Following the storming of US Capitol Hill on Wednesday, US President Donald Trump could be impeached for the second time for his role in encouraging crowds of his supporters that stormed the sitting place of the US federal government's legislative branch.
There have been calls for taking away the nuclear warhead access codes from Trump as well given his recent behavior. Speaker of the United States House of Representatives Pelosi on Friday revealed in a letter that she had spoken to the top United States military commander Mark Milley about taking precautions to ensure Republican President Donald Trump cannot initiate hostilities or order a nuclear attack in his remaining 12 days in office.
Pelosi said in the letter she discussed "available precautions for preventing an unstable president from initiating military hostilities or accessing the launch codes and ordering a nuclear strike" with Gen. Milley.
"The situation of this unhinged president could not be more dangerous, and we must do everything that we can to protect the American people from his unbalanced assault on our country and our democracy," Pelosi said.
According to the Federation of American Scientists (FAS) presently there are an estimated 13,410 nuclear warheads in the world, with the US and Russia accounting for nearly 90% of the world's nuclear arsenal.
It would take just three nuclear warheads to destroy one of the planet's 4,500 cities. If all the nukes in the world are put together and detonated, it would unleash an explosion with the force of 3 billion tons of TNT - equivalent to 15 Krakatoa 1883 eruptions, the most powerful volcanic eruption on record.
The massive explosion would trigger a 50-kilometer fireball that would destroy all within a 3,000-kilometer radius of the blast. This would generate a series of pressure waves that would circle the world in the following weeks. Meanwhile, a mushroom cloud would extend to the upper levels of the Earth's atmosphere and millions of tons of incinerated material would be catapulted into the skies.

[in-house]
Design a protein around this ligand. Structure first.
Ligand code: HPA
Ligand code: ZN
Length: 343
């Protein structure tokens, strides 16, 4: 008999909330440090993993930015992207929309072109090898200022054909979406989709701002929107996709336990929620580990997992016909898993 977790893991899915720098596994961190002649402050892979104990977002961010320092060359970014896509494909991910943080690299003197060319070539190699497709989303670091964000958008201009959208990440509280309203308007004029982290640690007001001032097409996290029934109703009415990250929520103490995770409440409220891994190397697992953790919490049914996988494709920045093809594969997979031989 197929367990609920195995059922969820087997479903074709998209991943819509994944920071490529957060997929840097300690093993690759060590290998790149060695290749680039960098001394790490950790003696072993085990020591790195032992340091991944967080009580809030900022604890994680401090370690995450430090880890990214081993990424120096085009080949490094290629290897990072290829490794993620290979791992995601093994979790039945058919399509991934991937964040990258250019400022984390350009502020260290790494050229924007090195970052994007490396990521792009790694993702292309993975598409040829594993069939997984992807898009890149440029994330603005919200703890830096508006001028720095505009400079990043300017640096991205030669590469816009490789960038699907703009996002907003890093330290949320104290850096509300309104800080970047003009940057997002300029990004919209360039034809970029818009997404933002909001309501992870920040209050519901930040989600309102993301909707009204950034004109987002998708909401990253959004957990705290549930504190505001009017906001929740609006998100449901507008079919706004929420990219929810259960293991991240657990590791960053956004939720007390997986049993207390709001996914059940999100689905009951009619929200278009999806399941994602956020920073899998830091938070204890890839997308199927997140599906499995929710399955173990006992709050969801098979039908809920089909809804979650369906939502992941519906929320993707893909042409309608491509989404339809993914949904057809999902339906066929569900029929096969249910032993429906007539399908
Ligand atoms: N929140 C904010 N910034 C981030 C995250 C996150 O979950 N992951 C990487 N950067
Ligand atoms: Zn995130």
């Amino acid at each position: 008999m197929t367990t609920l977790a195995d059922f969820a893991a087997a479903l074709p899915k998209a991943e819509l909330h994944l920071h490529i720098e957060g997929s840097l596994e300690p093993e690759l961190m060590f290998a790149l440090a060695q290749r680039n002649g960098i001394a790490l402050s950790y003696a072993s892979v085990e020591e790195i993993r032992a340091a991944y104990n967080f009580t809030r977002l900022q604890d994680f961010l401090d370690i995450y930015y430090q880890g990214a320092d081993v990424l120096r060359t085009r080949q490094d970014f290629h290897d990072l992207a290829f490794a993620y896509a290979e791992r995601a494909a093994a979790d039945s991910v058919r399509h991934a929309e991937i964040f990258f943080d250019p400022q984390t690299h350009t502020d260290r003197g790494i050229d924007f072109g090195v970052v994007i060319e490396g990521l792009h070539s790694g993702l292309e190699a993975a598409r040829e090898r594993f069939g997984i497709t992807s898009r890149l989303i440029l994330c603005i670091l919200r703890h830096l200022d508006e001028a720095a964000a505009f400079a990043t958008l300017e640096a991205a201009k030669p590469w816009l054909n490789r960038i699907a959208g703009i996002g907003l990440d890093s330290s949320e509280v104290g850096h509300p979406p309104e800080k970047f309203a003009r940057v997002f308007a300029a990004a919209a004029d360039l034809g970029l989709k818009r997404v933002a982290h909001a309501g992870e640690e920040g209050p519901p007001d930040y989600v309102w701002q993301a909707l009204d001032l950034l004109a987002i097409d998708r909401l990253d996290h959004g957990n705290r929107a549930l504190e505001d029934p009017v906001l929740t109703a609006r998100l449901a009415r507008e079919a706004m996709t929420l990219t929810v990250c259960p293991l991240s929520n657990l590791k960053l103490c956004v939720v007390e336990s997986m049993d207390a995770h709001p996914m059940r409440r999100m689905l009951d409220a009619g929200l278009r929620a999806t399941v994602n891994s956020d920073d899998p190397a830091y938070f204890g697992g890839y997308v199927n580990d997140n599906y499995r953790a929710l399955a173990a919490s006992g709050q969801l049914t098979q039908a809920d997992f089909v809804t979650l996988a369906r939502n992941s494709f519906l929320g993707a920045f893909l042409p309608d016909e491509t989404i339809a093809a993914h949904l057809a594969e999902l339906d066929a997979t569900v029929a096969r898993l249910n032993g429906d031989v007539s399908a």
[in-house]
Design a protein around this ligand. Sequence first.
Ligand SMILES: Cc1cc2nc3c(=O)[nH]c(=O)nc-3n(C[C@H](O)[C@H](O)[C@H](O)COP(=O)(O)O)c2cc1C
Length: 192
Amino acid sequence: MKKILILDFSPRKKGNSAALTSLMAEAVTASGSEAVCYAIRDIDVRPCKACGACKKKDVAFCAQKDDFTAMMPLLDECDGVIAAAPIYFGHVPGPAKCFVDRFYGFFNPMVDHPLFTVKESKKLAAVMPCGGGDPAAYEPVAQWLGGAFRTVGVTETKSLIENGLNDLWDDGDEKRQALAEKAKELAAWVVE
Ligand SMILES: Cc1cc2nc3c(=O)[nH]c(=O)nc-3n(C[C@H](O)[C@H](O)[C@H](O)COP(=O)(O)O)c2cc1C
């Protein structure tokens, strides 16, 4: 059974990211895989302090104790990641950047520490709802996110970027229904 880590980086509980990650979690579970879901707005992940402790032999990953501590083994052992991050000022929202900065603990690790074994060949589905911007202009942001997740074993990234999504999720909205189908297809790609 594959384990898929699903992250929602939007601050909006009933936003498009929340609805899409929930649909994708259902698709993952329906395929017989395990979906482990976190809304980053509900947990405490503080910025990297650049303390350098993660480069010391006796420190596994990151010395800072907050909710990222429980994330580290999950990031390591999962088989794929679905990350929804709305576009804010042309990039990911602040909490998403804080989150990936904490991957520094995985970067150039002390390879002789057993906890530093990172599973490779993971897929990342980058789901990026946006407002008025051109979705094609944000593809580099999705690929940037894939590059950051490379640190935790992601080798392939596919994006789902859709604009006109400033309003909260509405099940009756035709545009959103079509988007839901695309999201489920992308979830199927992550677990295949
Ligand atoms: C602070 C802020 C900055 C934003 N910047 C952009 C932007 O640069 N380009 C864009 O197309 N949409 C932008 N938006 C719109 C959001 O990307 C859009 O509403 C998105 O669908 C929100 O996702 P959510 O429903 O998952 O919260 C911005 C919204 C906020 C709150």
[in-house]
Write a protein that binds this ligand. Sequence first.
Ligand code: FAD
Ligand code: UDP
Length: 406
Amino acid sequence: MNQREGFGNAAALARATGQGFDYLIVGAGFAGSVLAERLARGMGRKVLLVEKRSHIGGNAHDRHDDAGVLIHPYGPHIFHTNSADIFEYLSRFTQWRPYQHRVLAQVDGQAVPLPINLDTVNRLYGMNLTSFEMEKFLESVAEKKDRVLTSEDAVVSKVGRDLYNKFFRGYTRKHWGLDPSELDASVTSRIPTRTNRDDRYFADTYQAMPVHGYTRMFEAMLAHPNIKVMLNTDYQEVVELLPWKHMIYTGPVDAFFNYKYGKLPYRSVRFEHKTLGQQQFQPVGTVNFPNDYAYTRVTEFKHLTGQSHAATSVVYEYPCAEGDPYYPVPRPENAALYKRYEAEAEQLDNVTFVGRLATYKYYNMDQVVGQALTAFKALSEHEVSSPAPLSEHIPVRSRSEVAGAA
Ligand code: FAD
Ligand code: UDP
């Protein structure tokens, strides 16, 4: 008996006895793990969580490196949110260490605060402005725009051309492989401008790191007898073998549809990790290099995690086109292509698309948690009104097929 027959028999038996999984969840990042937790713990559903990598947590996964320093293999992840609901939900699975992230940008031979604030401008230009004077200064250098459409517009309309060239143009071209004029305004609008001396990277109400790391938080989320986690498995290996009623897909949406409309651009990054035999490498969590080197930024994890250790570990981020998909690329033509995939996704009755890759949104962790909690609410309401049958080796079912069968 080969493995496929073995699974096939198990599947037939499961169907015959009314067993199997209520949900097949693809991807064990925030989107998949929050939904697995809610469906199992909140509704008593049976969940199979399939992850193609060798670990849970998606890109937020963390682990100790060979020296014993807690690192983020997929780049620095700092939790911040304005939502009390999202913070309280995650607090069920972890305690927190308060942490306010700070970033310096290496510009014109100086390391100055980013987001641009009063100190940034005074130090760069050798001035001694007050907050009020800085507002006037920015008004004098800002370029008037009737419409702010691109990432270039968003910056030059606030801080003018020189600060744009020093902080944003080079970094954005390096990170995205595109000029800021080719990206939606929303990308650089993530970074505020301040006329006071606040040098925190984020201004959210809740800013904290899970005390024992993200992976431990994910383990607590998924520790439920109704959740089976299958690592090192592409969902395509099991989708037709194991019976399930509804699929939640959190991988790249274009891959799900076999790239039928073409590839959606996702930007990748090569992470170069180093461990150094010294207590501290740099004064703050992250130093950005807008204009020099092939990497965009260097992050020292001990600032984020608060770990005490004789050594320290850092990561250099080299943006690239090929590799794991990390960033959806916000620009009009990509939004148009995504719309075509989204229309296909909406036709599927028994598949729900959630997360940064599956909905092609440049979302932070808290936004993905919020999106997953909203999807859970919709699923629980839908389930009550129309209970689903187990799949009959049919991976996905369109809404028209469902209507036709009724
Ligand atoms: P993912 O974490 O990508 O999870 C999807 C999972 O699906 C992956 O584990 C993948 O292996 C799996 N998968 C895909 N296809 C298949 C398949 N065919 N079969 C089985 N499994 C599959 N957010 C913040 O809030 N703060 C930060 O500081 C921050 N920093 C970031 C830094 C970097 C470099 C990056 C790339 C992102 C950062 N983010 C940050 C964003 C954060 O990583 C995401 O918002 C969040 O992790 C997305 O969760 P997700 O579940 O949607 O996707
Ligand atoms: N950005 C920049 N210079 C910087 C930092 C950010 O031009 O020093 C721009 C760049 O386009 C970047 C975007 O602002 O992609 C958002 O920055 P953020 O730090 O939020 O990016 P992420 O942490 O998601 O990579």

Nuclear attack by any country would be met with serious retaliation – triggering a chain of events that may very well turn into a world war, and millions dead within moments, taking the dead count to billions within a few days. Therefore, for a person like Donald Trump and given his recent behavior, to have nuke codes can be devastating.
During his tenure as the US president, Trump has boasted about nuclear power and his easy access to it. The concern from the US lawmakers regarding Trump's access to Gold Codes is understandable. The Gold Codes are the launch codes for nuclear weapons provided to the Presidents of the United States in their role as Commander-in-Chief of the United States armed forces.
This raises the question, which world-leaders have access to codes to initiate a nuclear strike.
US President Donald Trump can currently order a nuclear missile launch without consulting Congress.
When the US president's Twitter rants over North Korea's nuclear arsenal escalated, senators debated this during a meeting of the Senate Foreign Relations Committee.
While some senators argued that the "military does not blindly follow orders," including those of a military nature.
Another said: "No one human being should have the power to unilaterally unleash the most destructive forces ever devised by humankind."
The US has an estimated total of 5,800 nuclear warheads.
In Russia, Putin can decide to use the country's nuclear arsenal.
Little information exists on specific details of the country's nuclear weapons programme, but open sources say Putin carries a "Cheget" (nuclear briefcase) with him, weighing nearly 11 kg along with the Minister of Defense and the Chief of the General Staff.
In the event of a nuclear attack in the country, the three Cheget would alert their owners simultaneously.
They are connected to a communications system code-named "Kavkaz" which allows communication between senior government officials if they needed to make a decision whether to use nuclear weapons.
Russia also has a backup system in place called "Perimeter," known in the US and Western Europe as the "Dead Hand", which means a retaliatory strike with the full power of the Russian Strategic Missile Forces would be provided in the event that Chegetov carriers and command posts were disabled.